Toronto's G-20: A New Kind of Musical Chairs

The G-8 was born out of the 1973 oil shock and the subsequent worldwide recession, and for years it operated like an Ivy League gentlemen's club, with the U.S. as the 'Iviest' of those Ivies. Twenty-five years later, in 1999, the G-20 was created in the aftermath of the 1997 Asian financial crisis, and finally last September in Pittsburgh the G-20 largely overtook the G-8 in perceived importance and became, as the Obama administration now describes it, "the premier forum for international economic cooperation" among wealthy nations.

President Obama has often cited four "agreements" reached at last year's G-20 summits in London and Pittsburgh - increased government spending, reform of global financial systems, balanced global growth, and avoidance of protectionist trade measures - as clear evidence of the "cooperative" nature of the new energized G-20. Last Wednesday, in the run-up to this past weekend's G-20 Summit in Toronto Geithner and Summers ("G&S") elaborated on this in an op-ed in the Wall Street Journal in which they called on the other 19 members to:

  • Demonstrate a commitment to reducing long-term deficits, but not at the price of short-term growth.
  • Accelerate efforts to establish a global framework for financial regulation, noting that "here at home, we are on the verge of completing the most sweeping financial reform in more than 70 years."
  • Detail how and when they plan to eliminate policies that encourage the overconsumption of fossil fuels.

But the Great Recession of 2007 is like few other financial crises the world has ever known, and though many of us think the rumblings were clearly there when the G-20 met in Pittsburgh and became , the version of the G-20 that we just saw play out in Toronto is like no cooperative 'gentlemen's club'. Rather, it's more like an economic version of "musical chairs", but with chairs missing all over the place before even the first chord of music is played, as there is surprisingly little common ground among the players except the sizes of their economies relative to the myriad other nations of the world.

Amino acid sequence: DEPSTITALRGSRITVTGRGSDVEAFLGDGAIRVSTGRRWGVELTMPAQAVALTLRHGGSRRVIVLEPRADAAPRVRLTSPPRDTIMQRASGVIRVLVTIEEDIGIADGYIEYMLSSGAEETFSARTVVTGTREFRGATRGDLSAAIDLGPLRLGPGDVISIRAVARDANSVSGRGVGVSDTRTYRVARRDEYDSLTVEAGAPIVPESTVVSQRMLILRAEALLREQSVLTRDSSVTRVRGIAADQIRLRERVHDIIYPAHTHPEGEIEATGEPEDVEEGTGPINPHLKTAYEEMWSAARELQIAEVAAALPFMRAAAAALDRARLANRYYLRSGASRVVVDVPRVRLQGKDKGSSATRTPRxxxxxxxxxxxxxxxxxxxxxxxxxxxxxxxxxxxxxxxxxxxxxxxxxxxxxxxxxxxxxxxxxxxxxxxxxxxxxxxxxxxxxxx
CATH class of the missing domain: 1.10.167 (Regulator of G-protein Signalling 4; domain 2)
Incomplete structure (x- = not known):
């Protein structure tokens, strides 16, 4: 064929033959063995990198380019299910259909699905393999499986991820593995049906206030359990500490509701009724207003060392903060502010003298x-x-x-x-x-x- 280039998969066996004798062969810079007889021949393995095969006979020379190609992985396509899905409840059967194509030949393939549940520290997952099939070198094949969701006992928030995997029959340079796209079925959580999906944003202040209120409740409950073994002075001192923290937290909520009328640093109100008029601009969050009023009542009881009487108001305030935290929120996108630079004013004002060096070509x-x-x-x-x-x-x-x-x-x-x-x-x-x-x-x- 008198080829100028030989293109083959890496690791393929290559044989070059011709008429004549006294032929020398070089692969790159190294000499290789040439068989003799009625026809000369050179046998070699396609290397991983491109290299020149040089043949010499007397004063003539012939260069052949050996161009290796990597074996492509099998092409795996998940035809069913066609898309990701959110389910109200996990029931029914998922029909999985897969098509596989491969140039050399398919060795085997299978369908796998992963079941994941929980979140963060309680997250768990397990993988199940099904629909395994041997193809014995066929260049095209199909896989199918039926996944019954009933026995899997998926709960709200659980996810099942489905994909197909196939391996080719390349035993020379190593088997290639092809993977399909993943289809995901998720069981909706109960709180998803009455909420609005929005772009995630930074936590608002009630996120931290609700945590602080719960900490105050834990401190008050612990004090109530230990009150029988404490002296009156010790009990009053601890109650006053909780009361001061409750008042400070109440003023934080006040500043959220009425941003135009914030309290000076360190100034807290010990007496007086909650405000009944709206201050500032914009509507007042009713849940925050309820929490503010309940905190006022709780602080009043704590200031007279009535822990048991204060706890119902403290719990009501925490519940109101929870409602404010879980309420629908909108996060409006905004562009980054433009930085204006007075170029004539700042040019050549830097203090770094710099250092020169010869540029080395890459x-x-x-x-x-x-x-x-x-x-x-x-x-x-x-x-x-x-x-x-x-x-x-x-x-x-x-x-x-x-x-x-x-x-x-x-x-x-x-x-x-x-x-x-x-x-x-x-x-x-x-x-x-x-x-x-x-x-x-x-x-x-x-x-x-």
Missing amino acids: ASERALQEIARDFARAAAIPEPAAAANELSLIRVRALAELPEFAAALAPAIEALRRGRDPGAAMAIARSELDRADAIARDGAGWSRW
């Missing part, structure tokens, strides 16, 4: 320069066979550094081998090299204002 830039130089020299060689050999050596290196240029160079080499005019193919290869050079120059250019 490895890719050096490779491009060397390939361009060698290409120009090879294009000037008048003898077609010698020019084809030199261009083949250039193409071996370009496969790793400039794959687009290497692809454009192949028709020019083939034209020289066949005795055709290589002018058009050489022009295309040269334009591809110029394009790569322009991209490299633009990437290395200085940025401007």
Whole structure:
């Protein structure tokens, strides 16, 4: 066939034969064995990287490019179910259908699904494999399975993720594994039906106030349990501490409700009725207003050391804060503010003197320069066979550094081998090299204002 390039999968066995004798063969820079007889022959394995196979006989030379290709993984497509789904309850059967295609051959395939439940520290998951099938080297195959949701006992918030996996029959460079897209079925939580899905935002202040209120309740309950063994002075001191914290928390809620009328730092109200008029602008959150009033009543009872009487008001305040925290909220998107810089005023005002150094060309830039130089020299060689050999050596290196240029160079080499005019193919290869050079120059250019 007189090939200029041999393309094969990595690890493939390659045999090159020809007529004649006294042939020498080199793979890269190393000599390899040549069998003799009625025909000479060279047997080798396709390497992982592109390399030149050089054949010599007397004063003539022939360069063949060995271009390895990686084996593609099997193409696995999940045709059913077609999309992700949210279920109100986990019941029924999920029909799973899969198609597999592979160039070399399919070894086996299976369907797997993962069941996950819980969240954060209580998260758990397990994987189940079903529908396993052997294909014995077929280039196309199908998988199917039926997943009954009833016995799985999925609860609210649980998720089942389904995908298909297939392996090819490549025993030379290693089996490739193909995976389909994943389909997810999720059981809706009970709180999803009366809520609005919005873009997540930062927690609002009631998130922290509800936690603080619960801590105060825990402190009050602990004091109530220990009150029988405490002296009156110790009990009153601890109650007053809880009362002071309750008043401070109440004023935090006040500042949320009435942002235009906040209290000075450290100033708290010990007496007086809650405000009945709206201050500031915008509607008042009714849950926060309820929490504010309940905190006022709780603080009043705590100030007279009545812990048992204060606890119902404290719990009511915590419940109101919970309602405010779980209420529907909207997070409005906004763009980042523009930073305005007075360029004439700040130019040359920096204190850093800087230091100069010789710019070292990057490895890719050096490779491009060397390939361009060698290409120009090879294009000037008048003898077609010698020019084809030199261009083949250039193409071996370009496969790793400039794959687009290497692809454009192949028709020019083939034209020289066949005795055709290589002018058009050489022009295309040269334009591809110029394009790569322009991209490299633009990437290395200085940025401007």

And though the U.S. wants to be the economic leader of the G-20, as it clearly was of the G-8, some of our own actions have been the biggest impediments to the G-20 being that "premier forum" that the administration recently declared it to be.

With the Toronto Summit now behind us and with very little really accomplished beyond agreement on the nuclear aspirations of Iran and North Korea, dealing with the continuing AIDS epidemic, and maternal and infant health care in desperately poor countries, we need to go back and reflect on those four London/Pittsburgh 'agreements' which President Obama thought were going to reposition and redefine the G-20 for years to come, and that would certainly carry forward to Toronto.

"Increased Government Spending"

Following the script laid out by his advisors, President Obama urged each of his counterparts to continue a relatively high level of stimulative spending, despite the fact that for months the European heads of state have been calling for substantial spending reductions, reacting as they must to the confluence of dramatic financial weakness in large parts of the Continent and of an increasingly 'entangled' and problematic Euro.

As reported by the Financial Times, the advanced economies entered the financial crisis in 2007 with an average budget deficit of 1.1% of national income that by this year had risen to 8.4%, and according to the IMF, their general government gross debt is set to rise from 73% of national income in 2007 to more than 110% by 2015. Against this strained background, the U.S. keeps insisting that the G-20 members 'increase government spending' for its stimulative effect, while all the while the U.S. Congress can't find any more stimulus here at home and instead very publicly just let lapse (for now or forever, who knows) a puny $55-billion 10-year bill that would have provided desperately needed aid to state governments and public-schoolteachers and extended jobless benefits to 1.3 to 1.6 million long-term unemployed Americans who are now instantly left without assistance.